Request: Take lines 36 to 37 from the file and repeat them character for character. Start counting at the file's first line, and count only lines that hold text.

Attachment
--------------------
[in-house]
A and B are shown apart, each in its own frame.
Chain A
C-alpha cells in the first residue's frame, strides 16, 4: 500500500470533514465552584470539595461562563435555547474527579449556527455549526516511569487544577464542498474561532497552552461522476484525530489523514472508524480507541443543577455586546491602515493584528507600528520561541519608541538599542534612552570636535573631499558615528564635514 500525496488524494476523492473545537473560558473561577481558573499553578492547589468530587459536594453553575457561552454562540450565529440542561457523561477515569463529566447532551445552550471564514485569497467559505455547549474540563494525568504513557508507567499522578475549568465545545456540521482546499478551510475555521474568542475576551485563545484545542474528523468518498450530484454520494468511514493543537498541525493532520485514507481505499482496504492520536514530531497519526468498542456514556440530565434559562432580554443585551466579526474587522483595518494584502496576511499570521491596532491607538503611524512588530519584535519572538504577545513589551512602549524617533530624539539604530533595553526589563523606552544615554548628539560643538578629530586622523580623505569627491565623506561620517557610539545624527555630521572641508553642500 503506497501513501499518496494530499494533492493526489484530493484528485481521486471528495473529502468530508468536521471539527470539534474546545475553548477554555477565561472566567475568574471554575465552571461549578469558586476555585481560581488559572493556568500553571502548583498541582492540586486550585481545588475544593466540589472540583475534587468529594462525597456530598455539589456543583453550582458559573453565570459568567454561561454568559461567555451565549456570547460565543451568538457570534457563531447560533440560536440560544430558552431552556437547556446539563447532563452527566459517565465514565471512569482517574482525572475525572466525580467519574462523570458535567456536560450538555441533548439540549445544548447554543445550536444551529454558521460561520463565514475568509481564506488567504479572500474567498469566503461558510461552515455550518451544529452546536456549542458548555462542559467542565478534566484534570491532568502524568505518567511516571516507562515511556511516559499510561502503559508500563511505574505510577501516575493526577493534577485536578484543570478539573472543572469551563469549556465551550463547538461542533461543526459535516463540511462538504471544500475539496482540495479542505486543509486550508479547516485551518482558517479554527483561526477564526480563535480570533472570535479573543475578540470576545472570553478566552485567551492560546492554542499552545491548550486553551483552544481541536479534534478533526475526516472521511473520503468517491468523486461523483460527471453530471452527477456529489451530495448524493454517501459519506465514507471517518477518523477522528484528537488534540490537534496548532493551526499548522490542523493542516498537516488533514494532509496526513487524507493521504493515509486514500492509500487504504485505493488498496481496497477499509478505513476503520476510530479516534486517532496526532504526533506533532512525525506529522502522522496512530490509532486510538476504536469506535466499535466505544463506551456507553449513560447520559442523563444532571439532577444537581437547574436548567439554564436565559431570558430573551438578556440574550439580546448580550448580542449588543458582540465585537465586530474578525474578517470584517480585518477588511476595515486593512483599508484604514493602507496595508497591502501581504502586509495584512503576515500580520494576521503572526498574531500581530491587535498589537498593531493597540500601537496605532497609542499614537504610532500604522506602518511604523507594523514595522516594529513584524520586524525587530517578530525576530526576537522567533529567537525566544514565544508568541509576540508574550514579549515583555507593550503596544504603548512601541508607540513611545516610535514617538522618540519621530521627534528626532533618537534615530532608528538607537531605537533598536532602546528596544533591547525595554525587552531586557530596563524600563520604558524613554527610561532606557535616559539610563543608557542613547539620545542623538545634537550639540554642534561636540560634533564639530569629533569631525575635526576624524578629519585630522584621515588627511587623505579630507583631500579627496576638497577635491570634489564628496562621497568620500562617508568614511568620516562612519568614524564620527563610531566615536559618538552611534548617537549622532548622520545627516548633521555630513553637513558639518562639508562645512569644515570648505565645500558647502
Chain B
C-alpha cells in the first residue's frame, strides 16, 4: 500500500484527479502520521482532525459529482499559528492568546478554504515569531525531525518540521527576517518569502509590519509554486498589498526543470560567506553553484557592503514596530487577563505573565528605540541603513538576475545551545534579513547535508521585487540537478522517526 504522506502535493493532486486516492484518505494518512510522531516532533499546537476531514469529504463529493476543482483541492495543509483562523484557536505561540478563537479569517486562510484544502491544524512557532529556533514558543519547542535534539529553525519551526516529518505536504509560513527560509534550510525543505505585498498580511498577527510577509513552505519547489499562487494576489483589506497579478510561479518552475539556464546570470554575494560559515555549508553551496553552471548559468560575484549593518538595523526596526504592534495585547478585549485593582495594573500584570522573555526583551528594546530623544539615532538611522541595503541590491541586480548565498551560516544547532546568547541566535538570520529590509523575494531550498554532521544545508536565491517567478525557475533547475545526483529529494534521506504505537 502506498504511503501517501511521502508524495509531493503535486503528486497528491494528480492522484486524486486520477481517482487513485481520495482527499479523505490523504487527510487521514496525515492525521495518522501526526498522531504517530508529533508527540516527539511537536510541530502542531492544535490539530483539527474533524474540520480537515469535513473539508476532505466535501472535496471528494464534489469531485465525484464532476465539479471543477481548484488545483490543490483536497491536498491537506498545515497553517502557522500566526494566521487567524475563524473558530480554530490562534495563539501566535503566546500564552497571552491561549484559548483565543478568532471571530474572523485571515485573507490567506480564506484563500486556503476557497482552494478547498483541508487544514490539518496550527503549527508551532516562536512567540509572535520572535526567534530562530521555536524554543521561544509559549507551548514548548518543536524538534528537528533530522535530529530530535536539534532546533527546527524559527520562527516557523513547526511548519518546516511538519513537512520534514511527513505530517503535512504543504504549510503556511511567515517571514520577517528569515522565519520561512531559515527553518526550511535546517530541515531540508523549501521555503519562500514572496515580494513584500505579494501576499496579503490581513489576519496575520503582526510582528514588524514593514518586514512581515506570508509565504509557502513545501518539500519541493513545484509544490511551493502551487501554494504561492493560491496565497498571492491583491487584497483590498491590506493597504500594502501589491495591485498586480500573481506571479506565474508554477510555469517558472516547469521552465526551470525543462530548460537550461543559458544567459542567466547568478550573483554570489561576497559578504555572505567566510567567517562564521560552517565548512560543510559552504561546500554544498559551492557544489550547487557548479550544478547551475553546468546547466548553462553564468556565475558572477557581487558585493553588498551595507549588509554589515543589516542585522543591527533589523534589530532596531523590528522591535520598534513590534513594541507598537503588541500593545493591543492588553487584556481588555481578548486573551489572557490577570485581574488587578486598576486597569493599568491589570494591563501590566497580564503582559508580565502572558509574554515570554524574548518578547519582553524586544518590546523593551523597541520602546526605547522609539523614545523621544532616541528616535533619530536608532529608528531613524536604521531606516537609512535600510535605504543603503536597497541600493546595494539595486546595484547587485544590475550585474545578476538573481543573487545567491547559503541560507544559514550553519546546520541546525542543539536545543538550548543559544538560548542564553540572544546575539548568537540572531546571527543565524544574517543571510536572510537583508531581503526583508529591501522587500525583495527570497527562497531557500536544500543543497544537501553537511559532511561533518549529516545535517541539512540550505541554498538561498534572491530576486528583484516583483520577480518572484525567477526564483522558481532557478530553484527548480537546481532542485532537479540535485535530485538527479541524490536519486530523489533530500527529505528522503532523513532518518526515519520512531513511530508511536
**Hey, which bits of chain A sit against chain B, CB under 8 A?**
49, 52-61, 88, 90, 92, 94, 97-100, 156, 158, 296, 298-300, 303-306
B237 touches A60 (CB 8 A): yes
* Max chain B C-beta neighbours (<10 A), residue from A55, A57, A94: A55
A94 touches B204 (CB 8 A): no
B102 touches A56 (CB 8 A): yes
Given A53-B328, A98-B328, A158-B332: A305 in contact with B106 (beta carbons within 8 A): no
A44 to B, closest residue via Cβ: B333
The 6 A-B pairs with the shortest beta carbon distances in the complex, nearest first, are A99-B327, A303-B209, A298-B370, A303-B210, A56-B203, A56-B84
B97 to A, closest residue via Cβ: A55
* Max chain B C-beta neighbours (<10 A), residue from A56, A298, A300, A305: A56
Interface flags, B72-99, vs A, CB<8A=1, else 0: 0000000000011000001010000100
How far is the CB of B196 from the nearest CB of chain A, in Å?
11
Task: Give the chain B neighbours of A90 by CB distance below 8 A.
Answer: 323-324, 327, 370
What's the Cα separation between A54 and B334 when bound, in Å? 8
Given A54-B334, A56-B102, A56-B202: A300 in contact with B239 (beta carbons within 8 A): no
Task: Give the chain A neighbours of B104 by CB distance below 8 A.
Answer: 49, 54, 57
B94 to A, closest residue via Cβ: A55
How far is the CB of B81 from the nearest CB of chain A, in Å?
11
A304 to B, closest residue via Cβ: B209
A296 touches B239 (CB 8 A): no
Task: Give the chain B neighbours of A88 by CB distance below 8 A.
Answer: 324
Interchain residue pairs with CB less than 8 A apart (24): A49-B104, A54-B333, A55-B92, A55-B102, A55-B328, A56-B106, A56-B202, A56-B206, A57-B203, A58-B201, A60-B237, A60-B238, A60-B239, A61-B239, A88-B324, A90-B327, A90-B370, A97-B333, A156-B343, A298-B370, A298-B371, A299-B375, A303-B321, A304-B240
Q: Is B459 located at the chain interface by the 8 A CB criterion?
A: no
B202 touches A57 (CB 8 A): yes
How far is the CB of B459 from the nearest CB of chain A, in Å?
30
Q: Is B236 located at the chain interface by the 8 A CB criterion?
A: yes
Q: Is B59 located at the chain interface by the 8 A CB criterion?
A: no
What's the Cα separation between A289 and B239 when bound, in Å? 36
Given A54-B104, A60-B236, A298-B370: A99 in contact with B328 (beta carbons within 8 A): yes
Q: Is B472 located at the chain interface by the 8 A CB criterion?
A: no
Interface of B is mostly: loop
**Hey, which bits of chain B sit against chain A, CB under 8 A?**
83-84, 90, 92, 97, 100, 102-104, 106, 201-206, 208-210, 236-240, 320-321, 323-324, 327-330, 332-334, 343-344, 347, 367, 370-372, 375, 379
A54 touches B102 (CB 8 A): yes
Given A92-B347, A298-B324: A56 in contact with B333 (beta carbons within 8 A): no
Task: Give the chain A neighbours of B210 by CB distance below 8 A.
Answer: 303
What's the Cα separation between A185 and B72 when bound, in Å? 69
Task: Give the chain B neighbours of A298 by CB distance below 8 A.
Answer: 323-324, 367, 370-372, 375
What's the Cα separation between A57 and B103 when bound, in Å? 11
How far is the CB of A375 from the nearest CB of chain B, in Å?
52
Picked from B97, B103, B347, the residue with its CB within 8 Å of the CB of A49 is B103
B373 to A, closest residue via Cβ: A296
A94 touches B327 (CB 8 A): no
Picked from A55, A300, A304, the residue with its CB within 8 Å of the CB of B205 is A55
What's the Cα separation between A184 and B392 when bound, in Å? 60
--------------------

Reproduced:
A: no
B202 touches A57 (CB 8 A): yes